Thursday, May 05, 2011

The Imperialist War for Libya: Pan-Africanism or Neo-Colonialism?

The Imperialist War for Libya: Pan-Africanism or Neo-colonialism?

How the military and political struggle in North Africa will determine the future

By Abayomi Azikiwe
Editor, Pan-African News Wire

There is ample evidence that the forces behind the ongoing imperialist war in Libya are motivated by the large reserves of oil and natural gas in that North African country. The war also is resulting in the placement of a beachhead for the United States and NATO in the northern region of the continent where popular uprisings have taken place in Egypt and Tunisia.

Libya has the largest known reserves of oil on the African continent along with a geographically strategic coastline on the Mediterranean Sea which is a gateway to other parts of the region as well as southern and western Europe. Since the eruption of the civil war inside Libya on Feb. 17, a refugee crisis has developed that is extending into the European Union member states.

This flight from Libya is different than the exodus propelled by the unrest in Tunisia where thousands of mainly youth have fled to Italy and France. In Libya the political character of the oppositional rebellion against the government in Tripoli immediately took a hostile stance toward international workers from Asia, the Arabian Peninsula and even other parts of the African continent.

The workers from neighboring African states were categorically labeled “mercenaries” and were consequently treated as a threat to the political agenda of the rebel forces. Reports emanated from Libya indicating that darker-skinned Africans from other states were beaten, imprisoned and lynched in significant numbers.

Since the Libyan leader Muammar Gaddafi has been a strong proponent of African unity and the creation of a continental government, the attacks on Africans and Arabs from different countries was viewed as a repudiation of the policy and ideology of Pan-Africanism and Pan-Arabism. With the beginning of the rebellion in eastern Libya, the general line of the Transitional National Council (TNC) has been inwardly directed against the continuation of the existing government absent of any public consideration of the impact of the imperialist intervention inside the country.

Yet the current war in Libya will determine to a large degree the character of the unfolding struggle for the political dispensation of Africa, the Arab countries and the Muslim world. It is within these areas where various peoples and religious groups reside that constitute today the military theater of the most violent and protracted conflicts for political and economic dominance.

At the origin of the struggle is the question of which social classes, national groups and economic interests will become the controlling force in such a large section of the world. What is taking place now in North Africa and throughout the region is a continuation of the legacy of slavery, colonialism and neo-colonialism.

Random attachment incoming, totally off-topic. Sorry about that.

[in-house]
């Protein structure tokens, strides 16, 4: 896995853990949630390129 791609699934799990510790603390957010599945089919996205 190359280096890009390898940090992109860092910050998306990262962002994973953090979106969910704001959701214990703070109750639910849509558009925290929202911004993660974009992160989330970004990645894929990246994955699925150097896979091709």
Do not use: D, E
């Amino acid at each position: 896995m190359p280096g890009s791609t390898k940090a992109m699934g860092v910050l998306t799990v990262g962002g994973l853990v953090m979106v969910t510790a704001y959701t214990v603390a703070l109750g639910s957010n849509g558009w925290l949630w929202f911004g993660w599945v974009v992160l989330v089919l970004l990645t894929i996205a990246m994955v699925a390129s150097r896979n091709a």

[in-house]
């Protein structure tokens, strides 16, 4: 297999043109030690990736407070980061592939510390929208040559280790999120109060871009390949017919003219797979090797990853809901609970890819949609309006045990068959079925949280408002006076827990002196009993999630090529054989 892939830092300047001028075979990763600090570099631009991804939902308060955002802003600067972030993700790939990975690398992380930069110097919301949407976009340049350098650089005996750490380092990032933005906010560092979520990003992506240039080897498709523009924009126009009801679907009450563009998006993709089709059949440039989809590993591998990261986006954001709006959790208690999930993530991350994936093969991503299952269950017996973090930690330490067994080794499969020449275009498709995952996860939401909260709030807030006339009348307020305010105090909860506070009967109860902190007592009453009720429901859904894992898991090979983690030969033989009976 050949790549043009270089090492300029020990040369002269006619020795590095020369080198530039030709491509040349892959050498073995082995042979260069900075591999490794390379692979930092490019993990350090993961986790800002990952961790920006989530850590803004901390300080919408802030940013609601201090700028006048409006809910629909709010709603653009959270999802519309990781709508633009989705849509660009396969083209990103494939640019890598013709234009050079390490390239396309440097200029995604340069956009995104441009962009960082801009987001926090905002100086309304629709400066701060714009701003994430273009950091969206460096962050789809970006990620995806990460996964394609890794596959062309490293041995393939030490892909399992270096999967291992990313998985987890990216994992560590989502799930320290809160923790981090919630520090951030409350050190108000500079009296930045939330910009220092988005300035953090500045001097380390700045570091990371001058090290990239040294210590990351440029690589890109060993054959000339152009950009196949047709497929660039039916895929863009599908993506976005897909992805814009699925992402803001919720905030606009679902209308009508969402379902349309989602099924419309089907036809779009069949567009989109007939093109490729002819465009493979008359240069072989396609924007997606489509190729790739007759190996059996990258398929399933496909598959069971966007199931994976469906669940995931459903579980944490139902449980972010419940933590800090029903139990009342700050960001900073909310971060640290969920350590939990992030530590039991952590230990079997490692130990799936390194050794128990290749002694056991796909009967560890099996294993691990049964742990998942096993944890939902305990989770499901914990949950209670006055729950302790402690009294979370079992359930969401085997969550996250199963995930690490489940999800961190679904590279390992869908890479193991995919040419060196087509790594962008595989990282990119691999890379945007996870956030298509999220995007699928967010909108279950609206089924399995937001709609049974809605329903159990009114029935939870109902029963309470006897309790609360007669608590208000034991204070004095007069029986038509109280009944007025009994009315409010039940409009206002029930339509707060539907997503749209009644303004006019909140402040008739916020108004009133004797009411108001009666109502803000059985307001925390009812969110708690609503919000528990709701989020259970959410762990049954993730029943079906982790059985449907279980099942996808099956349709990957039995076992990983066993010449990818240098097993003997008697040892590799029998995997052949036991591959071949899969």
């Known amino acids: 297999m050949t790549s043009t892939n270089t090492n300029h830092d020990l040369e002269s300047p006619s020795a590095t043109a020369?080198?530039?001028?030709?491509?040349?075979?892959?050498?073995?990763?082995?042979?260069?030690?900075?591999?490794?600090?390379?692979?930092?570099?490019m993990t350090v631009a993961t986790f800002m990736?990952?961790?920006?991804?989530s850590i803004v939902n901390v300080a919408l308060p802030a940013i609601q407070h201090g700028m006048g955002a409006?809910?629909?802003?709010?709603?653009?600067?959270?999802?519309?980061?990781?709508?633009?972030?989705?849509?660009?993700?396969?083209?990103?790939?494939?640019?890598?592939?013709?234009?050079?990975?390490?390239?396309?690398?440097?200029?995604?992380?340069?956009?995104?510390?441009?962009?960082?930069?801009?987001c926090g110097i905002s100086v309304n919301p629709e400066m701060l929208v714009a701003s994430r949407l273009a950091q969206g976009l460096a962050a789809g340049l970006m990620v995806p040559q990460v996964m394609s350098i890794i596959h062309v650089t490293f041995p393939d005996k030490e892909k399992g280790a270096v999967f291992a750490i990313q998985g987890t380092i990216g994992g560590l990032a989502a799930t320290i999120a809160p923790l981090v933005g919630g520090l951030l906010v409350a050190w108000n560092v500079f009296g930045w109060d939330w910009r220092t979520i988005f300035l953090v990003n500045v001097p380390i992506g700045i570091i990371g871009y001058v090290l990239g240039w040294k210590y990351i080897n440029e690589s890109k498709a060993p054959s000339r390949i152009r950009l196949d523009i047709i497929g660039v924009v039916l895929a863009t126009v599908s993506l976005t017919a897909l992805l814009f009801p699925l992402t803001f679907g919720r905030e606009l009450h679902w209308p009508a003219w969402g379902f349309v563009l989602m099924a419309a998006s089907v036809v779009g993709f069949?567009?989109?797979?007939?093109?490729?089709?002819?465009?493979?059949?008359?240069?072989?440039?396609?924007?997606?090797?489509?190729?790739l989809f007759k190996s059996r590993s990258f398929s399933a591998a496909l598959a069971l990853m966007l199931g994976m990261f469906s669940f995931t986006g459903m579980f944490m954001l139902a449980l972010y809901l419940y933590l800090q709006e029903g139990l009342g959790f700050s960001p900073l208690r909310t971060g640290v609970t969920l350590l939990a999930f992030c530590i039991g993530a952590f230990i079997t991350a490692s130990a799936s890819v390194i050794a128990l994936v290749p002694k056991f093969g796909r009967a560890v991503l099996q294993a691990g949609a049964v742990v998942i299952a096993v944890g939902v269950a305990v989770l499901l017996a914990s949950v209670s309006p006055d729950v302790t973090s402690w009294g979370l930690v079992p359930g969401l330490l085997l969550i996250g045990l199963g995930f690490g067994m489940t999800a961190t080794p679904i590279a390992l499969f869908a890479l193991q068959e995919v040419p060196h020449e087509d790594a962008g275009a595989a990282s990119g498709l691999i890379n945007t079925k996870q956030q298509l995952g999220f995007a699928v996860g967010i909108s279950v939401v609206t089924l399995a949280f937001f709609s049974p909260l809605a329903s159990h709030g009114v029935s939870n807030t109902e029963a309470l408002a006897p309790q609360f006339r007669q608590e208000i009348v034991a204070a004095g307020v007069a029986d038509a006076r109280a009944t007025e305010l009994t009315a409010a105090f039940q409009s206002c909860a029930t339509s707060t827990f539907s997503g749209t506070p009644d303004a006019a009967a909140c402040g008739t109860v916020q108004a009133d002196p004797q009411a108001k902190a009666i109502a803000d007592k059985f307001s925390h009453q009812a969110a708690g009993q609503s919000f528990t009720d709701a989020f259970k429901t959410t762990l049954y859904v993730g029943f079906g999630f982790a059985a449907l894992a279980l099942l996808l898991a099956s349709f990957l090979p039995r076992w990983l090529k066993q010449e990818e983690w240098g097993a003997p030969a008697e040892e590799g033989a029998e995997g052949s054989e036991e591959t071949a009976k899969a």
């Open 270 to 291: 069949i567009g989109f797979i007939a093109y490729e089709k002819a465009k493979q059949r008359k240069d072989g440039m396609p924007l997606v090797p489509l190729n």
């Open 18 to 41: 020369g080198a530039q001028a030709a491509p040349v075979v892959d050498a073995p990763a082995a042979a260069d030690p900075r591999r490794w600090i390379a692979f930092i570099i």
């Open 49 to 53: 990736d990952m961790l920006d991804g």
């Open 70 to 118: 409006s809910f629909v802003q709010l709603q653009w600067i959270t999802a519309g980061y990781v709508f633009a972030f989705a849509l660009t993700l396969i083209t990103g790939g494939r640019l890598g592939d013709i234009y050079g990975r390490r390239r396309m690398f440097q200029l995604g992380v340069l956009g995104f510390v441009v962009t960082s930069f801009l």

The African Roots of War: Yesterday and Today

World War I represented a culmination as well as a beginning for a new phase in human history and the development of world civilizations. In 1914, the world had witnessed the expansion of colonialism throughout Africa and Asia going back at least five centuries and intensifying in the aftermath of the abolition of chattel slavery and the advent of direct imperial rule. In the western hemisphere the Europeans established colonies to eliminate the indigenous peoples of the Americas and to exploit the labor of the imported and enslaved Africans.

It was the seizure of native lands in the Americas, the theft of their natural resources, the transporting of millions of Africans as slaves and the production of strategic minerals and agricultural commodities that placed the European colonial countries and the United States in a dominant position within the world economic system. This had not always been the case, particularly prior to the 15th century when many countries within Europe suffered from bubonic plague, perpetual warfare and superstition.

Nonetheless with the breaking out of European explorers and slave traders from the continent, the basis for the transformation of the world economic system was well underway. If it had not been for the growth of the slave system in the United States, the country would not have become the world power that it is today. This is the case despite claims to the contrary by the apologists for slavery and capitalism in North America.

W.E.B. DuBois, the co-founder of the NAACP and the Pan-African movement as well as the creator of the Encyclopedia Africana, wrote in 1935 that “The giant forces of water and steam were harnessed to do the world’s work, and the black workers of America bent at the bottom of a growing pyramid of commerce and industry; and they not only could not be spared, if this new economic organization was to expand, but rather they became the cause of new political demands and alignments, of new dreams of power and vision of empire.” (Black Reconstruction, p. 5)